We’ve done the energy industry end-of-year reviews, reflecting on the changes from 2014 and earlier. Now that we’re into 2015, it’s not too early to turn our eyes towards 2016. Even with the additional communications tools we have at our disposal, we still seem to struggle with adequate time to communicate our goals and objectives. Text messages, email, video conferencing, and other programs help improve our productivity, but too often we miss the opportunity to have purposeful conversations to address upcoming challenges, corporate goals and objectives. In other words, we end up treating the symptoms, not the disease.
If we look at planning for 2016 (and beyond), we do our organizations and ourselves an injustice when we cut back on the master planning process. It needs to include purposeful reflection and discussions on the progress made so far. During the initial phase (analysis and review), goals and objectives should be reviewed multiple times to insure that they reflect the technology advancements and changes in systems we use. Also, all prior assumptions should be reevaluated to update or eliminate outdated processes and systems.
In the second phase (planning and design), we need to develop the draft plan, where the development of stakeholders should be a major focus. While face-to-face meetings are preferred, we need to realize organizations are managing national partnerships as well as multiple teams in multiple geographic areas. Fortunately, when used effectively, unified communications tools enhance our ability to collaborate with our internal and external teams. The effectiveness of these tools is directly related to the ease of access and reliability, combined with the ability to communicate with any device anywhere at any time.
To address the cost-effectiveness of the third phase (implementation and integration), critical infrastructure engineering and consultant firms need to work closely with the industry to identify and address additional cyber and physical concerns. Addressing these concerns can be more difficult than answering the age-old questions related to internal (private), external (public) or shared systems.
Recently the industry has been focused on hosted or cloud services, but the sheer volume and security of the systems along with data collected requires additional solutions. For example, internal systems hosted in private data centers could potentially be backed up in a public or private cloud. Expansion of private data centers that directly support daily and emergency operations is required to address not only security concerns but to provide access to critical data real-time.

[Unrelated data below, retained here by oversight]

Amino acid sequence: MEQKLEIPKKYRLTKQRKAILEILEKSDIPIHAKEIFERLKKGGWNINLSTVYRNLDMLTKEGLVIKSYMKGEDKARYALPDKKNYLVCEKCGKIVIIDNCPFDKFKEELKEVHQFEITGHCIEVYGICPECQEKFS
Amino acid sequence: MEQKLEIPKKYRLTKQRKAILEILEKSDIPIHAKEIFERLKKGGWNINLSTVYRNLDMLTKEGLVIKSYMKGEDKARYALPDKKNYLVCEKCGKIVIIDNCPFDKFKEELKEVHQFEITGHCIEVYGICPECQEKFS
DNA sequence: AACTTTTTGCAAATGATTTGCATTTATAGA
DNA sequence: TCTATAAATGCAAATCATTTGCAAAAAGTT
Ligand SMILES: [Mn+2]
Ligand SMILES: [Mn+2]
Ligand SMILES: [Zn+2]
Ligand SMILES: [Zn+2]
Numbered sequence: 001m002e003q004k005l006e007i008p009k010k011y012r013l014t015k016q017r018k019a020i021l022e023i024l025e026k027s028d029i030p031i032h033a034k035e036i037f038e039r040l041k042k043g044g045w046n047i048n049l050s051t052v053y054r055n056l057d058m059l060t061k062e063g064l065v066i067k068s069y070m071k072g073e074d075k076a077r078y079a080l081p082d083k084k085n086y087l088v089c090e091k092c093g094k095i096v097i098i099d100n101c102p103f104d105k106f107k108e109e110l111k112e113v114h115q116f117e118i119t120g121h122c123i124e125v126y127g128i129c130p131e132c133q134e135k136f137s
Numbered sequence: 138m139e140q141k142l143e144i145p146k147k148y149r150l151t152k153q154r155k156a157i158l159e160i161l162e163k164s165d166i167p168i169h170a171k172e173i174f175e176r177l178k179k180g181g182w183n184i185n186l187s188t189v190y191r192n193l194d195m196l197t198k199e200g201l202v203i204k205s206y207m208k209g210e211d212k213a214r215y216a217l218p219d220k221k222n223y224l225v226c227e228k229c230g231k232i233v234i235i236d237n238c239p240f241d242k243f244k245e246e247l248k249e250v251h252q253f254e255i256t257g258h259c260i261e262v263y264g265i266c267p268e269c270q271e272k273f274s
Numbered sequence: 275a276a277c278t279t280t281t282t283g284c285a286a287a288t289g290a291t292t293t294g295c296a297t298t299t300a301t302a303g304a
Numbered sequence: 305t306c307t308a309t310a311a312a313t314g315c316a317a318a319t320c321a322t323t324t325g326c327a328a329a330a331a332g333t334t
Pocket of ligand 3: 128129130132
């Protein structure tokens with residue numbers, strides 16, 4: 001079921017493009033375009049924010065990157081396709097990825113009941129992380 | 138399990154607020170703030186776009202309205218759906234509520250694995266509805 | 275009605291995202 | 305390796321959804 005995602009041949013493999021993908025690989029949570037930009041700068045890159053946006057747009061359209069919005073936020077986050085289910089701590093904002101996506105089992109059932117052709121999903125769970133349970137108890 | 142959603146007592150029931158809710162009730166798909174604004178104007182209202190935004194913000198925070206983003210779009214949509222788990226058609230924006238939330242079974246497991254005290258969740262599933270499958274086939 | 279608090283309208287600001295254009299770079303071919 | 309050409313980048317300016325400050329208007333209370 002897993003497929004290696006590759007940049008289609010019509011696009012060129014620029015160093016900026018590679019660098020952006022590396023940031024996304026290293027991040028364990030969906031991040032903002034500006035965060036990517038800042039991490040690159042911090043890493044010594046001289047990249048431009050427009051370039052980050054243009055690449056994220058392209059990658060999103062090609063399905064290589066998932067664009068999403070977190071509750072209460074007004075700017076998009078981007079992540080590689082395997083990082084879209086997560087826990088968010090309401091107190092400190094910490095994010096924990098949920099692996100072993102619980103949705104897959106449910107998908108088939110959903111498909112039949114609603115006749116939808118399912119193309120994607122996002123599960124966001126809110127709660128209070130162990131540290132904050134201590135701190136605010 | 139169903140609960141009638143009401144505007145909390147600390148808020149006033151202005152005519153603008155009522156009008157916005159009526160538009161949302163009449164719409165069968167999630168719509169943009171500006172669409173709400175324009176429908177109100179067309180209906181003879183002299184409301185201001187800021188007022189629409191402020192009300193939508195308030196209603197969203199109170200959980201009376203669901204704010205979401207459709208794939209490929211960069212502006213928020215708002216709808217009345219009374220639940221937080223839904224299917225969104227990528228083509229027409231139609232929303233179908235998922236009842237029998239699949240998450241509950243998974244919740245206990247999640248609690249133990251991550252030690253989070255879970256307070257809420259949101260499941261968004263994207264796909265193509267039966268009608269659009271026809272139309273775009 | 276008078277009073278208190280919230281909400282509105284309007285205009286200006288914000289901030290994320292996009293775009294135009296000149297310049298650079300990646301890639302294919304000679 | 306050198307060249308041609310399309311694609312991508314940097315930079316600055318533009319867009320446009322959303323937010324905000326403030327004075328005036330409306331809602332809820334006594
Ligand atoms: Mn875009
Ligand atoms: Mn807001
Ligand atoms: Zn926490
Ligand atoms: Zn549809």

The fourth phase (operations) has historically been less complicated when all system operations were managed and controlled internally. Systems operated 100 percent independently, with only a very limited number of individuals having access at any given time to monitor and control systems to address maintenance and outages. Today’s critical infrastructures must address broader threats to system reliability and operations. These threats are increasing and are man-made. So how do we address these threats in a cost-effective manner? By working together with a broad range of stakeholders.
Proper master planning with key stakeholders
Organizations have a natural tendency to approach all system enhancements and implementation the same way: like they have been done in the past. The challenge is to move beyond these limitations and address challenges based on a detailed analysis of the budget, risk assessment, training and requirements. Otherwise we shouldn’t be surprised when we have to address the same problems over and over again.
I was recently in a discussion reflecting on a strategy we used to implement networking. It was a layering of individual systems managed and controlled by a broad range of independent organizations (i.e. a system of systems). One major success element was the creation of a layered governance process. But when it came to the planning of the system design, we used the old method of developing detailed spreadsheets. Now we have access to virtual reality systems that can build layered systems with anywhere from thousands to millions of individual elements.
The critical infrastructure industry is now embracing technology convergence with private, public and shared infrastructure. Some primary drivers are increased reliability requirements, carriers eliminating support of traditional telephony services, and advanced control and management tools. New systems offer new features and functionality that increase reliability, monitoring and control capabilities. One of the main challenges moving forward is the need to support legacy systems.
Training and changes in operational practices are critical to insure the full benefits of new systems. Too often, organizations try and force new technology solutions to act and feel like the legacy systems employees are familiar with. Organizations implementing solutions don’t plan for training during the planning phase because they don’t realize the value of training during the implementation phase. Thus transition and migration training is becoming an increasingly important step in the installation and implementation process.
As systems become more complex and interactive, employees should develop into stakeholders to ensure the suite of options provides the most value to employees. If the stakeholder process isn’t developed, then it is very likely the new systems will be implemented ineffectively and the desired objectives will not be reached.
Benefits of detailed master planning
Organizations that spend the time and resources to build a stakeholder environment while developing their business case are more likely to realize the full value of the solution being implemented, but they are also laying a foundation that will do a better job of developing effective leaders and systems for future projects.